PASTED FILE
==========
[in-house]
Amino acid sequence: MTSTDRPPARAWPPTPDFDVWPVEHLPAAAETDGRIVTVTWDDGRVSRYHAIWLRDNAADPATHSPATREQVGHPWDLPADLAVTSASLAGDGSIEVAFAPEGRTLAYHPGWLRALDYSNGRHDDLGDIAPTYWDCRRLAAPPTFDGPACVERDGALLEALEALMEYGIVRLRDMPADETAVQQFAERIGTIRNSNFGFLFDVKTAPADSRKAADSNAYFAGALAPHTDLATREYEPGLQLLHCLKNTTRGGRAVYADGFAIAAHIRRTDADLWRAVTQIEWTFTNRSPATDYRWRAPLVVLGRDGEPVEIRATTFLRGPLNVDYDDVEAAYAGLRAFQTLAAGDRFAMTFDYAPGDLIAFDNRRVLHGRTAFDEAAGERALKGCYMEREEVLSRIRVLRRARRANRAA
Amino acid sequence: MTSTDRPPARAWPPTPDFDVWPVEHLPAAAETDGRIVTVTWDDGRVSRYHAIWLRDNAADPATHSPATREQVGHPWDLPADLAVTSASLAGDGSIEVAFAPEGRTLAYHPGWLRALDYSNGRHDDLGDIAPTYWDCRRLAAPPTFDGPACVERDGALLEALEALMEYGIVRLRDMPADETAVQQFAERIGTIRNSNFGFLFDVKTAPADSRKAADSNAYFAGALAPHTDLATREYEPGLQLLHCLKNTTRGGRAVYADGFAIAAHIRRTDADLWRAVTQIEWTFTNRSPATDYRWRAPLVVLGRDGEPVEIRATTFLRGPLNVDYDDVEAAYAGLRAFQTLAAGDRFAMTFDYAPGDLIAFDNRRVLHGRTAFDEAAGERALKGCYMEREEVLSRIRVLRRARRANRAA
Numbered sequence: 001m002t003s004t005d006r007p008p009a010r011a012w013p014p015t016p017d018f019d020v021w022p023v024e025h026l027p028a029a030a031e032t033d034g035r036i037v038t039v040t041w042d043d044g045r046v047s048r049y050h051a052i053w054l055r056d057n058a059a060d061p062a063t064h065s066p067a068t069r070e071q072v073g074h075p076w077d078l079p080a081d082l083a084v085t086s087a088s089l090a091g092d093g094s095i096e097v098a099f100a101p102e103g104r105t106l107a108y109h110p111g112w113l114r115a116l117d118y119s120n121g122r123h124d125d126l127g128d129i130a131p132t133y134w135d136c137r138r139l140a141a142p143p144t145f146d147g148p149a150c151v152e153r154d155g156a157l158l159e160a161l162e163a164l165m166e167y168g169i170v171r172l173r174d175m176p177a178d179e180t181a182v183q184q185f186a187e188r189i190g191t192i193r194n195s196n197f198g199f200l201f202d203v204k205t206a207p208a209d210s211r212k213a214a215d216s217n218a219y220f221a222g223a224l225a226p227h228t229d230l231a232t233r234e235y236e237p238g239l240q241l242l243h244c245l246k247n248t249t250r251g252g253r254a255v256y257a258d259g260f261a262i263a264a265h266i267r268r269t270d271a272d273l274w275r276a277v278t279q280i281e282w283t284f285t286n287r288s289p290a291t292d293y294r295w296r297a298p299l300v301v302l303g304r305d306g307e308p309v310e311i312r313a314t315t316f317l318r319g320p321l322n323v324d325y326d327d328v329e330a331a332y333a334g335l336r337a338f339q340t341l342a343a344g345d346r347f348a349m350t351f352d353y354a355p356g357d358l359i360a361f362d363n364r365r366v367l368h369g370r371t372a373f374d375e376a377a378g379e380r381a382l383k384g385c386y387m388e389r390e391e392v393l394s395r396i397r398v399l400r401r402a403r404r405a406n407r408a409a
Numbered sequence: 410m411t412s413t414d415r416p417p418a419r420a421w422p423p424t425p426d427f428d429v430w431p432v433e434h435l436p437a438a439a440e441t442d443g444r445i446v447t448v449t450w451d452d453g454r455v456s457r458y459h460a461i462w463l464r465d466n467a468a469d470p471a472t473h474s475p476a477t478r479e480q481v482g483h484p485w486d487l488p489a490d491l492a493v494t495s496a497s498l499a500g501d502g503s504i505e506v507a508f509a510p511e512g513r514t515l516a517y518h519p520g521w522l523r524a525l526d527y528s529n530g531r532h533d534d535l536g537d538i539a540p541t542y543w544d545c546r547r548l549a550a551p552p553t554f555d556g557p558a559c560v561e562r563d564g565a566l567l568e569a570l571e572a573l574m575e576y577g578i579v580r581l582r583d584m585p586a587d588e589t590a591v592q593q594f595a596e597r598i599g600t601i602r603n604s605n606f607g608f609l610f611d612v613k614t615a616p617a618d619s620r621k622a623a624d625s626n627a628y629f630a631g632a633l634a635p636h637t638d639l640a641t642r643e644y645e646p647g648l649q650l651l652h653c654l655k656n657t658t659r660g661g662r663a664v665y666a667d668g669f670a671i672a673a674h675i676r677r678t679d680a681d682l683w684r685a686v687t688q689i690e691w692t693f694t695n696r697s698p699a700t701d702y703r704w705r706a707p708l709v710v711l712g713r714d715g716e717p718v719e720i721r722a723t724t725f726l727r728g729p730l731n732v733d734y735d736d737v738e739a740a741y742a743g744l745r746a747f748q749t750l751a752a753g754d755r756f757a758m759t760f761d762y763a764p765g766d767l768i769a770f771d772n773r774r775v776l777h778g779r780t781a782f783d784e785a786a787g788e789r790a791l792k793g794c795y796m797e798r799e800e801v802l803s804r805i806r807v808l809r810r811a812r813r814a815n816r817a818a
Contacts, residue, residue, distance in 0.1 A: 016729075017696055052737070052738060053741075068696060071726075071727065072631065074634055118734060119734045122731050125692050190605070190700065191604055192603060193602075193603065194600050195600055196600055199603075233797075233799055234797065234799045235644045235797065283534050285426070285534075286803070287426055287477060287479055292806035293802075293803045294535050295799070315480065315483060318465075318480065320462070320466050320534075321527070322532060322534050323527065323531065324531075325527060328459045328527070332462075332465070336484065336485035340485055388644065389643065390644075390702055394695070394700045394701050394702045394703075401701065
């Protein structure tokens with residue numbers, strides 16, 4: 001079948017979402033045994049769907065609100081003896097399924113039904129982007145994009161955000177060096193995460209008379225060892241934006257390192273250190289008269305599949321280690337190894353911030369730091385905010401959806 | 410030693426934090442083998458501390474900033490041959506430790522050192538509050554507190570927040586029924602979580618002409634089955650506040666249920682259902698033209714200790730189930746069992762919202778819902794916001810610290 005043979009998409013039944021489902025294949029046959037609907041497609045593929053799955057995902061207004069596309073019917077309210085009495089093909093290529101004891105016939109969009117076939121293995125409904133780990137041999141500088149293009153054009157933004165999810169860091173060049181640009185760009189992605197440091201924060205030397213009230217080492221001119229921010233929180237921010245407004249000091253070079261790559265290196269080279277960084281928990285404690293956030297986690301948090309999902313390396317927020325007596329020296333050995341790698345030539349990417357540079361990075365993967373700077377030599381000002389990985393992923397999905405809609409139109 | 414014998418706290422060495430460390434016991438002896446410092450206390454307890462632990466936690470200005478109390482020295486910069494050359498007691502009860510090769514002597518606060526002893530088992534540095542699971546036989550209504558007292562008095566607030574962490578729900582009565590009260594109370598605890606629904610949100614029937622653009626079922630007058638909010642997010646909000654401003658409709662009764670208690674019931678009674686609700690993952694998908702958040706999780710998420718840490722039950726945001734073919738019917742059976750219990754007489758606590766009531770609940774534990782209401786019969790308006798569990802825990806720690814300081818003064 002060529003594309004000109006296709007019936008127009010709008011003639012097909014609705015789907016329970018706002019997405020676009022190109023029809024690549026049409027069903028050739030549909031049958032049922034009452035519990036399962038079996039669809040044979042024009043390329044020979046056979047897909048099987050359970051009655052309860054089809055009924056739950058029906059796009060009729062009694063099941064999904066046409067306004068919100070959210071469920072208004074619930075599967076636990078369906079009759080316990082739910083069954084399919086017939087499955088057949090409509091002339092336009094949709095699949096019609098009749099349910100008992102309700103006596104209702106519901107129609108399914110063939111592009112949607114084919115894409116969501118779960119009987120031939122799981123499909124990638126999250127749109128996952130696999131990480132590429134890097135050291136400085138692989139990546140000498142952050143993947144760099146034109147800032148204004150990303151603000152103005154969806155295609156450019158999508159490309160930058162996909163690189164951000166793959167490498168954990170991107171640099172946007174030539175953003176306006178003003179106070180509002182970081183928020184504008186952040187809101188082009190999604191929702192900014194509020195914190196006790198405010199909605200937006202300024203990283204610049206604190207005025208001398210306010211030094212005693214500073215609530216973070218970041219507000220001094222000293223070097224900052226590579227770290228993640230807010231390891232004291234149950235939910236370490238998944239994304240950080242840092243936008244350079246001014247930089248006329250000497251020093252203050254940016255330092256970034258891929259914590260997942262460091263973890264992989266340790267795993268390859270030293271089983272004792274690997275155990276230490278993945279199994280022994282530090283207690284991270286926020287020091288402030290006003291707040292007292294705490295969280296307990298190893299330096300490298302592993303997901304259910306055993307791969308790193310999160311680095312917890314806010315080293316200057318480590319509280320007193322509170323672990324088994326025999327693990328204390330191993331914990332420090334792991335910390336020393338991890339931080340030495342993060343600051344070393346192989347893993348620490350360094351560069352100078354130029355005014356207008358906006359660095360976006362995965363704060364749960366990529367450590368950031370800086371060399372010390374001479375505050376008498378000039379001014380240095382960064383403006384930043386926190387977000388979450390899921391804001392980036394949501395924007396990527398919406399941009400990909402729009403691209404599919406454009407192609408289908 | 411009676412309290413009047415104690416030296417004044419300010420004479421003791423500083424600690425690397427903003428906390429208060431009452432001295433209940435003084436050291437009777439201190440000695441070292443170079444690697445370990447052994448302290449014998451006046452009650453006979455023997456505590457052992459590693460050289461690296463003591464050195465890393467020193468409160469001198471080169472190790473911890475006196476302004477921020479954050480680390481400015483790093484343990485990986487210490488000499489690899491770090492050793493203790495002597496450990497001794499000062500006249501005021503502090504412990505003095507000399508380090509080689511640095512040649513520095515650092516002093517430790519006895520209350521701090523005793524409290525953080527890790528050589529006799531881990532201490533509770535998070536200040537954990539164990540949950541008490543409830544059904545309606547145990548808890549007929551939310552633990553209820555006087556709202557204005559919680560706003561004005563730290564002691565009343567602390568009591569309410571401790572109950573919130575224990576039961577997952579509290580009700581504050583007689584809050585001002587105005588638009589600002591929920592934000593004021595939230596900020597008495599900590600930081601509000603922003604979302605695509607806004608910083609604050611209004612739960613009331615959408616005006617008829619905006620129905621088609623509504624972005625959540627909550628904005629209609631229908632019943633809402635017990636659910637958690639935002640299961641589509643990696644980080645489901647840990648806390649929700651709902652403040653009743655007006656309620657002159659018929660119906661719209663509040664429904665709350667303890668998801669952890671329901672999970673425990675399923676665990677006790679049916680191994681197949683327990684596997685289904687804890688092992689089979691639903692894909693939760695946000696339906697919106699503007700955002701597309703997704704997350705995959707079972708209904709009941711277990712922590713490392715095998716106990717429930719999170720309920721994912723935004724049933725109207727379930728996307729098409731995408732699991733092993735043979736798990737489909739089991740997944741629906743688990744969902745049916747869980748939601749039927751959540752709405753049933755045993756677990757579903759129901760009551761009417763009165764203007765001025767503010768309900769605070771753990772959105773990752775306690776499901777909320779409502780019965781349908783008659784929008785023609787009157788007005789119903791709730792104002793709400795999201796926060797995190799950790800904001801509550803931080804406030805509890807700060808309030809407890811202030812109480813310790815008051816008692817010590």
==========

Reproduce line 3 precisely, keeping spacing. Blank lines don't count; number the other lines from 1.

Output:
Amino acid sequence: MTSTDRPPARAWPPTPDFDVWPVEHLPAAAETDGRIVTVTWDDGRVSRYHAIWLRDNAADPATHSPATREQVGHPWDLPADLAVTSASLAGDGSIEVAFAPEGRTLAYHPGWLRALDYSNGRHDDLGDIAPTYWDCRRLAAPPTFDGPACVERDGALLEALEALMEYGIVRLRDMPADETAVQQFAERIGTIRNSNFGFLFDVKTAPADSRKAADSNAYFAGALAPHTDLATREYEPGLQLLHCLKNTTRGGRAVYADGFAIAAHIRRTDADLWRAVTQIEWTFTNRSPATDYRWRAPLVVLGRDGEPVEIRATTFLRGPLNVDYDDVEAAYAGLRAFQTLAAGDRFAMTFDYAPGDLIAFDNRRVLHGRTAFDEAAGERALKGCYMEREEVLSRIRVLRRARRANRAA